What is poetry? It is many things to many people. It can make you laugh, or cry, tug at your heartstrings or stiffen your resolve. There is no absolute definition, but we know poetry is more than just a group of meaningful words; it has the ability to arouse a deep, emotional response in the reader.
William Allingham, On a Forenoon of Spring - William Allingham was born in Ballyshannon, Co. Donegal, Ireland, and was the son of the manager of a local bank who was of English descent. In 1874 Allingham married Helen Paterson, who was a water-colour painter. Allingham produced many excellent lyrical and descriptive poetry, and the best of his pieces are thoroughly national in spirit and local colouring. His verse is clear, fresh, and graceful. He died at Hampstead in 1889, and his ashes are interred at St. Anne’s in his native Ballyshannon.
Sara Teasdale was an American lyric poet, born on 8th August 1884 and due to poor health she did not start school until the age of 14. She was born in St. Louis, Missouri, and married Ernst Filsinger in 1914. Her first poem was published in 1907 followed by her first collection of poems, Sonnets to Duse and Other Poems. Her second collection, Helen of Troy and Other Poems, was published in 1911 and was well received by critics, who praised its lyrical mastery and romantic subject matter. Her third poetry collection, Rivers to the Sea, was published in 1915 and was a bestseller. In 1916 she moved to New York City and won a Pulitzer Prize for her poetry collection Love Songs. Sara died in 1933 due to an overdose of sleeping pills.
MAY DAY Continue reading
Wilfrid Scawen Blunt (1840 - 1922) was born in England into an old Sussex family. When he was 18 he entered the British diplomatic corps and he worked in Athens, Constantinople, Frankfort, Lisbon, Madrid, Paris and Argentina. After his retirement in 1872 and his marriage to Anne Isabella Noel (the only known descendant of Lord Byron), they travelled on horseback through the Mid-East and lived in Cairo. Blunt opposed British rule in Egypt and was in favour of Irish home rule for which he served a prison term.
When he died in 1922 he was buried like a Muslim at the Newbuildings Estate,
16 miles away from Crabbet.
Written in March by William Wordsworth, While resting on the Bridge at the foot of Brother’s Water. William Wordsworth (1770 – 1850) was an English poet who helped launch the Romantic Age in English Literature. Wordsworth made his debut as a writer in 1787 when he published a sonnet in The European Magazine. That same year he began attending St John’s College, Cambridge and received his B.A. degree in 1791. In 1795 Wordsworth met fellow poet Samuel Coleridge with whom he would produce the work Lyrical Ballads with in 1798, an important work in the English Romantic Movement. Continue reading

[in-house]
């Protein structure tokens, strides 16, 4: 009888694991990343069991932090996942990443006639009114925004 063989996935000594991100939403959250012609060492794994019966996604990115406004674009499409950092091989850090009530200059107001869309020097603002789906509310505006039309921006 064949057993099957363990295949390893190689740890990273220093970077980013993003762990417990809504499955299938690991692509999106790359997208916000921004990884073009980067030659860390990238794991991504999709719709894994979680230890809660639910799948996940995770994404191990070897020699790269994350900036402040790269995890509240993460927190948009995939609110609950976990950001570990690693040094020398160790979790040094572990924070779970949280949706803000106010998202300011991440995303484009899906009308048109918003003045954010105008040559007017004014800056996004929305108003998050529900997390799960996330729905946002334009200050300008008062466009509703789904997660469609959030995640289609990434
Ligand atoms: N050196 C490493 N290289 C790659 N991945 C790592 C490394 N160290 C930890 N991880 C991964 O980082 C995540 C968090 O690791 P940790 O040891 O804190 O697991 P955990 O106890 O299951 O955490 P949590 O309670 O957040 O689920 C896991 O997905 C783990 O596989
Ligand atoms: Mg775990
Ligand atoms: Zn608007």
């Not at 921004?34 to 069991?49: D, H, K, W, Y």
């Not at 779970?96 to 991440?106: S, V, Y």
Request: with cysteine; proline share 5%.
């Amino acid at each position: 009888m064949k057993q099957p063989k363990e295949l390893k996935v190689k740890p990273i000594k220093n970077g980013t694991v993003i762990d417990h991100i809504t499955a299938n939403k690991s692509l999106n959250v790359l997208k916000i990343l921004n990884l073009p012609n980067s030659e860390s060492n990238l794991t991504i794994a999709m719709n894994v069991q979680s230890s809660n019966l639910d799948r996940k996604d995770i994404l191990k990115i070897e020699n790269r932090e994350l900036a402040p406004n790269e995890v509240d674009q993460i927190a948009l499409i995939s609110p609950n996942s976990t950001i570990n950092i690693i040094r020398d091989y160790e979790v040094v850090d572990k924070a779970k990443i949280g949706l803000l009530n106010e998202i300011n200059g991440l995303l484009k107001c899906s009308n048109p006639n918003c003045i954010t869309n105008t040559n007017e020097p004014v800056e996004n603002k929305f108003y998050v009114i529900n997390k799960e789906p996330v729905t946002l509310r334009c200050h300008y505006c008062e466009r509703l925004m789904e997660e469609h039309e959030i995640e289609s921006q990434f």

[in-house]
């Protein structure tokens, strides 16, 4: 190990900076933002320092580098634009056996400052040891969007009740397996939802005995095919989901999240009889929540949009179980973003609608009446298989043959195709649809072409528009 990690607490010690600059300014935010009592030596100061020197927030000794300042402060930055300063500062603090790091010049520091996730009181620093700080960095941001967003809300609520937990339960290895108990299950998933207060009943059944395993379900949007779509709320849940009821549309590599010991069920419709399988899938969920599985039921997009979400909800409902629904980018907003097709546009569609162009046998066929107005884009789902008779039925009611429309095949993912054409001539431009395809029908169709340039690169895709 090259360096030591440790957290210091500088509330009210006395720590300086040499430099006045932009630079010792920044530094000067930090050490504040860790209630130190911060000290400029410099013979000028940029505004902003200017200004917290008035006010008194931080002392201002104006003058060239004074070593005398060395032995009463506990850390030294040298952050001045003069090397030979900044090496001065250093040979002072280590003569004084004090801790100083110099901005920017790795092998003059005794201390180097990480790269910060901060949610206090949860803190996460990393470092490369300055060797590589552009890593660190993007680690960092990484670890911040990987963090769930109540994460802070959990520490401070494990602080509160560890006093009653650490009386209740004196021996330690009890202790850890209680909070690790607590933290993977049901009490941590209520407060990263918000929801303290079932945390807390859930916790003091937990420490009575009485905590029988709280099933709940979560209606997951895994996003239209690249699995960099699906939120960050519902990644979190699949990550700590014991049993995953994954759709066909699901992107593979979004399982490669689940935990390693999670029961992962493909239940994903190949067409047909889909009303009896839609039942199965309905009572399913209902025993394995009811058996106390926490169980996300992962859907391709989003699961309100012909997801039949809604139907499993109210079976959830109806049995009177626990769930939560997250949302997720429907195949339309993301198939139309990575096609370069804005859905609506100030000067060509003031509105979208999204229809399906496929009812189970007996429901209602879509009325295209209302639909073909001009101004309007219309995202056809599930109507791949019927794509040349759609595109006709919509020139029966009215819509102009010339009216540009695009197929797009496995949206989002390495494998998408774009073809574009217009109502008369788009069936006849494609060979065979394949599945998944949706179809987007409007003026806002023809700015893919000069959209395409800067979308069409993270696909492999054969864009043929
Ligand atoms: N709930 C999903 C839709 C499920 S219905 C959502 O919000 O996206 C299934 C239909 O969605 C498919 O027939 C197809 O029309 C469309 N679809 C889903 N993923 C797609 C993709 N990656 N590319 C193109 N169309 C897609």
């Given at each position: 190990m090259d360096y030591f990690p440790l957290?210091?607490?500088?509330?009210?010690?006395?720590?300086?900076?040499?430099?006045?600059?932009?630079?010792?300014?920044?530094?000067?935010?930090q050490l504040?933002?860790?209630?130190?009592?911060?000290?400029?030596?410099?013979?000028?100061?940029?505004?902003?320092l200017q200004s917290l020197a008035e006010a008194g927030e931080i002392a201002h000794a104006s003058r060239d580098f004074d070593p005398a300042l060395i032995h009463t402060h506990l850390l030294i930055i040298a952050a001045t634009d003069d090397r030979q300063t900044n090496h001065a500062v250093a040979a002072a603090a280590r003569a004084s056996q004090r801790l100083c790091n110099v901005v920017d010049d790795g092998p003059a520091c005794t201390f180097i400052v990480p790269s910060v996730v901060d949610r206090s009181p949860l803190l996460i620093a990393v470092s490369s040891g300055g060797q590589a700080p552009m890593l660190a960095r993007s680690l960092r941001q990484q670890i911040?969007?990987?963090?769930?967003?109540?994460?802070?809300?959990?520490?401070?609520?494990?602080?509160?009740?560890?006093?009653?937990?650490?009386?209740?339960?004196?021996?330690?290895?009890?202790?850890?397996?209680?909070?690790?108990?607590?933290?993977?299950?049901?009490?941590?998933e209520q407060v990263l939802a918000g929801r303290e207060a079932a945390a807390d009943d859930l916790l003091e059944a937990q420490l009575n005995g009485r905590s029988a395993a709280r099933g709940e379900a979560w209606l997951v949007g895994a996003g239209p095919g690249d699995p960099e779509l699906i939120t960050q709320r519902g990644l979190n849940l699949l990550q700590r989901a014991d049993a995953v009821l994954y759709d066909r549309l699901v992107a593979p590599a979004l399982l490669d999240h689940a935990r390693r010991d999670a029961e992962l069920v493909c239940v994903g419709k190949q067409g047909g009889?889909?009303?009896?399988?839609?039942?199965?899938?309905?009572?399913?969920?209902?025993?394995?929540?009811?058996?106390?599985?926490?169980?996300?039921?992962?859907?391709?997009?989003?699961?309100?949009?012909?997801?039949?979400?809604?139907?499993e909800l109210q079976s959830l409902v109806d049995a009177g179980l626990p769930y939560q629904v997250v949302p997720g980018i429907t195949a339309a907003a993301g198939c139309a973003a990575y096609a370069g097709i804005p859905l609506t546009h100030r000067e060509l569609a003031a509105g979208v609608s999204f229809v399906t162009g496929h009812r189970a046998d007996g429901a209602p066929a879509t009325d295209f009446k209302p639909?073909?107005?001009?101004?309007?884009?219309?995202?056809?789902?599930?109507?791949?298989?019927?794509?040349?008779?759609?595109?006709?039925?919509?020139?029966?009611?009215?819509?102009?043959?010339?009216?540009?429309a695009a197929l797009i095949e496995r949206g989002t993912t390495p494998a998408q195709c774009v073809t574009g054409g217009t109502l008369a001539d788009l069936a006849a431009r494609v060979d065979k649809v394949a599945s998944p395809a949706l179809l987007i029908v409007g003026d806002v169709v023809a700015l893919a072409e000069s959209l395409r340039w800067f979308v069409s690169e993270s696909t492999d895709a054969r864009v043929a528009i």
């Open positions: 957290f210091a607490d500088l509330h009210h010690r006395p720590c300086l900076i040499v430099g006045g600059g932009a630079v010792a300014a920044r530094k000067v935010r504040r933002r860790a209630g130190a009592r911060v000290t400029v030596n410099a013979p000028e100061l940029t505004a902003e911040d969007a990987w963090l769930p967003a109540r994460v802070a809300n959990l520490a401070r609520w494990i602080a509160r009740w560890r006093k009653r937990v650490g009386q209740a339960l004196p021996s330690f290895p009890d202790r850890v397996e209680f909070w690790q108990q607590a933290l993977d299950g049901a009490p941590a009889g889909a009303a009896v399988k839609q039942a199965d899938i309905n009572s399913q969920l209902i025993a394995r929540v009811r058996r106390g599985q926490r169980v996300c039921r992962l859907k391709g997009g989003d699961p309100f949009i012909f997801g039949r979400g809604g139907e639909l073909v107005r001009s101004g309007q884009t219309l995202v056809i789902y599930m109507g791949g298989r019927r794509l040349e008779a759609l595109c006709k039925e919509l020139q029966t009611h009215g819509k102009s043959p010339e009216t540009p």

Victor Hugo (1802 - 1885) Victor Hugo was a renowned poet, novelist & playwright of the Romantic Movement in 19th century France. He is considered by many as one of the greatest and best-known French authors of all times. He was also a political statesman and human rights activist, although he is primarily remembered for his literary creations like poetry and novels. His most popular novels are ‘Les Misérables’ & ‘Notre-Dame de Paris’ (‘The Hunchback of Notre Dame’). He was the foremost supporter of the Romantic Movement in France and campaigned for social causes like the abolition of capital punishment.
Robert Burns was born on January 25, 1759 and his birthday is celebrated throughout the world as Burns Night, with Burns Suppers, poems, songs and anecdotes about Scotland’s National Bard.
This poem by Phyllis McGinley, an American poet and writer for the New Yorker, takes some of the features of the perannially-popular ‘Twelve Days of Christmas’ and weaves them into a mediation on family and love against the backdrop of the modern festive season. Continue reading
Though various legends have developed as to the inspiration for the poem, the most commonly held belief is that McCrae wrote “In Flanders Fields” on May 3, 1915, the day after presiding over the funeral and burial of his friend Lieutenant Alexis Helmer, who had been killed during the Second Battle of Ypres. The poem was written as he sat upon the back of a medical field ambulance near an advance dressing post at Essex Farm, just north of Ypres. The poppy, which was a central feature of the poem, grew in great numbers in the spoiled earth of the battlefields and cemeteries of Flanders. Continue reading
“A Boy’s Thanksgiving Day” is the original title of the poem that has become better known as a song: “Over the River and Through the Wood.” It’s the most famous poem by Lydia Maria Child (1802-1880), a women’s rights activist. She was also the author of “The Frugal Housewife”, a book aimed at poorer housewives who didn’t have servants (the vast majority of women in the world). It was an attempt at a scientific approach to housekeeping and cooking, focussed on how to save money and time. By 1930, the full title had become: “The American Frugal Housewife, Dedicated to Those Who Are Not Ashamed of Economy.” Continue reading
October’s Bright Blue Weather by Helen Hunt Jackson
“When gentians roll their fingers tight
To save them for the morning,
And chestnuts fall from satin burrs
Without a sound of warning;
When on the ground red apples lie
In piles… Continue reading